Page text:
Sorry that Asset didn’t “win” the Pilot Season. How much involvement did you have in that book? How did you come to be involved? I thought it was the best out of that crop of books and the one that could have more of a story built from it. Any chance of seeing it come out and would you be involved?

Thanks, yeah –ASSET was a great book and it’s too bad things didn’t work out in the end – although I was really impressed with the other Pilot Season books and am glad the 39 MINUTES team will get to continue their story.

My involvement on Asset started when I got a callback at the Top Cow portfolio review at San Diego ComicCon in 2009. Filip Sablik – publisher at Top Cow and writer/creator of ASSET – was the first guy I had shown my work to, and he responded very positively to my work. I ended up sitting down with Marc Silvestri – one of those artist who made a big impression on me early on – for half an hour for a portfolio critique. It was an amazing experience.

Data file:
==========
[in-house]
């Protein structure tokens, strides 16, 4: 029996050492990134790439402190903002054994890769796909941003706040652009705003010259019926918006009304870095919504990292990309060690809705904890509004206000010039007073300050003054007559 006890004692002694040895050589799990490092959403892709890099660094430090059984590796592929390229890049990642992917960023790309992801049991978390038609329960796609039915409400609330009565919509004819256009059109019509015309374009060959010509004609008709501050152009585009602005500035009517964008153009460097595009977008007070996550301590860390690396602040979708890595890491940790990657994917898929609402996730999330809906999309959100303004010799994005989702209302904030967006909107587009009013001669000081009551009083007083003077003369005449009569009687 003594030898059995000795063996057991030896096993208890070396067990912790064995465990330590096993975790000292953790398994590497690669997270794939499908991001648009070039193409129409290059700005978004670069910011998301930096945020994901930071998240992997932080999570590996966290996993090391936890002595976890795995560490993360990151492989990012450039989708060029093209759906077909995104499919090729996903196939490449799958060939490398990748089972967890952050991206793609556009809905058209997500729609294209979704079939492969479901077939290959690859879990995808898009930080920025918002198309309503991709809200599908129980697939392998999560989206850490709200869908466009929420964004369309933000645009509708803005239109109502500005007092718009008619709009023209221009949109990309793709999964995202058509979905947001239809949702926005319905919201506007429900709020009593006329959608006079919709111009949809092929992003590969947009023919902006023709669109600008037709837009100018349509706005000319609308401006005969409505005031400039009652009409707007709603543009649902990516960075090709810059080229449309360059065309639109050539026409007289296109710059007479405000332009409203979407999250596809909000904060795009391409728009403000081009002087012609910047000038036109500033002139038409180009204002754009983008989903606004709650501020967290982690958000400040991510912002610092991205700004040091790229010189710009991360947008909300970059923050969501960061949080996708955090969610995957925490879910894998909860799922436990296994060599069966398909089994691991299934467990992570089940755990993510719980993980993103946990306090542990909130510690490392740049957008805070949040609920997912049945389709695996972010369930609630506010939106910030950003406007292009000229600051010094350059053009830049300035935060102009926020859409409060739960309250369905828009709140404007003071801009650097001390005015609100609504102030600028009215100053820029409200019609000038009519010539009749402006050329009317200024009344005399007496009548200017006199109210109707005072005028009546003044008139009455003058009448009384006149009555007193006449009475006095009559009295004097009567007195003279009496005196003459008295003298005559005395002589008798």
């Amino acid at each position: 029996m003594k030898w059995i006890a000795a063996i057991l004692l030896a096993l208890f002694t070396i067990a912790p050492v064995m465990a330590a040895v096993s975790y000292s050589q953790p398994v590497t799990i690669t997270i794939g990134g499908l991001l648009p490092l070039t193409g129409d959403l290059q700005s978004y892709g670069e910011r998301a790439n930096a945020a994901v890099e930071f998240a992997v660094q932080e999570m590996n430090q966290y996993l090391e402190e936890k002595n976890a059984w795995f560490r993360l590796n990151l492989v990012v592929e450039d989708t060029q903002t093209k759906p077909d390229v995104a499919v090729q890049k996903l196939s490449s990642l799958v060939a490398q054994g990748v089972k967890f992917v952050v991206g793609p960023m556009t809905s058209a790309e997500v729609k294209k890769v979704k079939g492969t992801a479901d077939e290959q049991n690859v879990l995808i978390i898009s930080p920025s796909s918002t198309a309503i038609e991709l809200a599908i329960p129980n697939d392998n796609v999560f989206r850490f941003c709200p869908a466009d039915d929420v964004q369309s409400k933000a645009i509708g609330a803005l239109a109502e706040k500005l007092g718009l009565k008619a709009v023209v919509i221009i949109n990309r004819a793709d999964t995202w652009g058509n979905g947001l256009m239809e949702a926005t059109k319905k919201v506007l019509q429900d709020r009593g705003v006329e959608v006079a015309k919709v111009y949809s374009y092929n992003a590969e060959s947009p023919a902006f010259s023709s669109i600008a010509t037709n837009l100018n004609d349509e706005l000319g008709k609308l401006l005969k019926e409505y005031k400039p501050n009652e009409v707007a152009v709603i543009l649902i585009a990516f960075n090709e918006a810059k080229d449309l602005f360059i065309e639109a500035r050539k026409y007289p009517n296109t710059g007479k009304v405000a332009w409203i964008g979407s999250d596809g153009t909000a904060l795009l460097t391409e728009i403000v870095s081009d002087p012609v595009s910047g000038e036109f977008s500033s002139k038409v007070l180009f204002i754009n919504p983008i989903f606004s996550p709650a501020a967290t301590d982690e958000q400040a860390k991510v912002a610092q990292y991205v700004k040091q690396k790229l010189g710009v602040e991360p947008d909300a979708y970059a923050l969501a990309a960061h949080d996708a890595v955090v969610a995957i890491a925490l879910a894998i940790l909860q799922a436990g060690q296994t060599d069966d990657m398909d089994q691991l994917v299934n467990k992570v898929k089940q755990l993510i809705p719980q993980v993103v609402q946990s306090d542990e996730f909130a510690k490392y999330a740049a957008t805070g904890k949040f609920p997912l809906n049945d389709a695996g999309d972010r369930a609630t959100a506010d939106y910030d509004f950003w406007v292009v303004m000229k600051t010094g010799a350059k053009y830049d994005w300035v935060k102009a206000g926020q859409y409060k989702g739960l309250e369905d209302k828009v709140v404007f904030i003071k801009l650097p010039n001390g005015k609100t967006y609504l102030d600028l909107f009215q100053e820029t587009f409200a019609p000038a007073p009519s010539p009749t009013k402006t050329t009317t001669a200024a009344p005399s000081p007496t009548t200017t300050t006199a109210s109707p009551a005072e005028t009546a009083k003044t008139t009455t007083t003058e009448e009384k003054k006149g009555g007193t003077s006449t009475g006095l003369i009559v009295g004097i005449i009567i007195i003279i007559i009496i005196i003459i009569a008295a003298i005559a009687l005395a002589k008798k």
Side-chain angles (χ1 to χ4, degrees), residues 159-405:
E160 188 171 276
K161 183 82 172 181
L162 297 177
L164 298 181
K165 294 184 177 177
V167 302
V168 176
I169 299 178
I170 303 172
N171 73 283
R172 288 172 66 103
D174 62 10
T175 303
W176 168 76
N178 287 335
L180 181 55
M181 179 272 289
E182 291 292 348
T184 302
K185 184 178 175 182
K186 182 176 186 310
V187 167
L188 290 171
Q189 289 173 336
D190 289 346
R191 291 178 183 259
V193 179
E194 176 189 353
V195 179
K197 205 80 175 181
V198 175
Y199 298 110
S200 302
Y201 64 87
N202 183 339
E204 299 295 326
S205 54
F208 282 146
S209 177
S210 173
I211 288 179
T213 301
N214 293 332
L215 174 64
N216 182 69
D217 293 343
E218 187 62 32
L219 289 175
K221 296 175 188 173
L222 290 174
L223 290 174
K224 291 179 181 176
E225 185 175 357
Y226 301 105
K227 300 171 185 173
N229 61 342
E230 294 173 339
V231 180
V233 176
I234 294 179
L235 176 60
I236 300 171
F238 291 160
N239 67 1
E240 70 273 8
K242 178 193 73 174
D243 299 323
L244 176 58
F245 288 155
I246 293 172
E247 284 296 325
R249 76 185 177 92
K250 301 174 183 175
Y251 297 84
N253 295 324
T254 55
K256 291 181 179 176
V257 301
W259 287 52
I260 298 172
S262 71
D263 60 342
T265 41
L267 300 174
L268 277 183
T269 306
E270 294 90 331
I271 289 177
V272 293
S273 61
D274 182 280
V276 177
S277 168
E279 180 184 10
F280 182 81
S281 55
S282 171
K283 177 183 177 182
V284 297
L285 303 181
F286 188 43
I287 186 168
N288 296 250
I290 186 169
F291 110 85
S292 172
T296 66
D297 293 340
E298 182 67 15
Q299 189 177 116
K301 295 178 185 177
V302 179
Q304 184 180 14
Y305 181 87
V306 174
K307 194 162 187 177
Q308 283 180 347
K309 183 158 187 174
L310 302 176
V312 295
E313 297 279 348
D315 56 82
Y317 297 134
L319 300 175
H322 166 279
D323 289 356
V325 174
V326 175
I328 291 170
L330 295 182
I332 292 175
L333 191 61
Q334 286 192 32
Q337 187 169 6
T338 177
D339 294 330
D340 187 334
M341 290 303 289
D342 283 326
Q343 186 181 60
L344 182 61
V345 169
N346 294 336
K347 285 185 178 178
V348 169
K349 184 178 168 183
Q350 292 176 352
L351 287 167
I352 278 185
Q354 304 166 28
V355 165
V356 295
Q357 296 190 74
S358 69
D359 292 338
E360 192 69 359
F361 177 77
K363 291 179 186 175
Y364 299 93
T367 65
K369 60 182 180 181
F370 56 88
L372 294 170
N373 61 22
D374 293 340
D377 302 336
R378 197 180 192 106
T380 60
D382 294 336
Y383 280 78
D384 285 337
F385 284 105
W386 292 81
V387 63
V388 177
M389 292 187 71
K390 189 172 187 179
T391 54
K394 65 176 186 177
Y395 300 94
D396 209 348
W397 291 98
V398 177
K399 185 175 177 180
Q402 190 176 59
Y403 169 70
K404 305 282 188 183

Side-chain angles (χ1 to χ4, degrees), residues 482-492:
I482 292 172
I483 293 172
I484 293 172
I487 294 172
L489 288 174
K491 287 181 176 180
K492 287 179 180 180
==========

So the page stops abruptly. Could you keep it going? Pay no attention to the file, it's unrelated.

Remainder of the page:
Anyway, Filip and I kept in contact over the next year or so. We ran into each other at a few conventions and when Pilot Season reared its head, he approached me about doing one of the books. ASSET really appealed to me and in the end, it seemed like a natural fit. It was also great to bring in Bill Farmer, the colorist from Syndrome, who I thought did a real bang-up job.

As for more ASSET, I don’t really know. If I know Filip, I’m sure he has something up his sleeve.

How do you pick a project? Most of your work seems to have been with Archaia. How did you come to be involved with the publisher?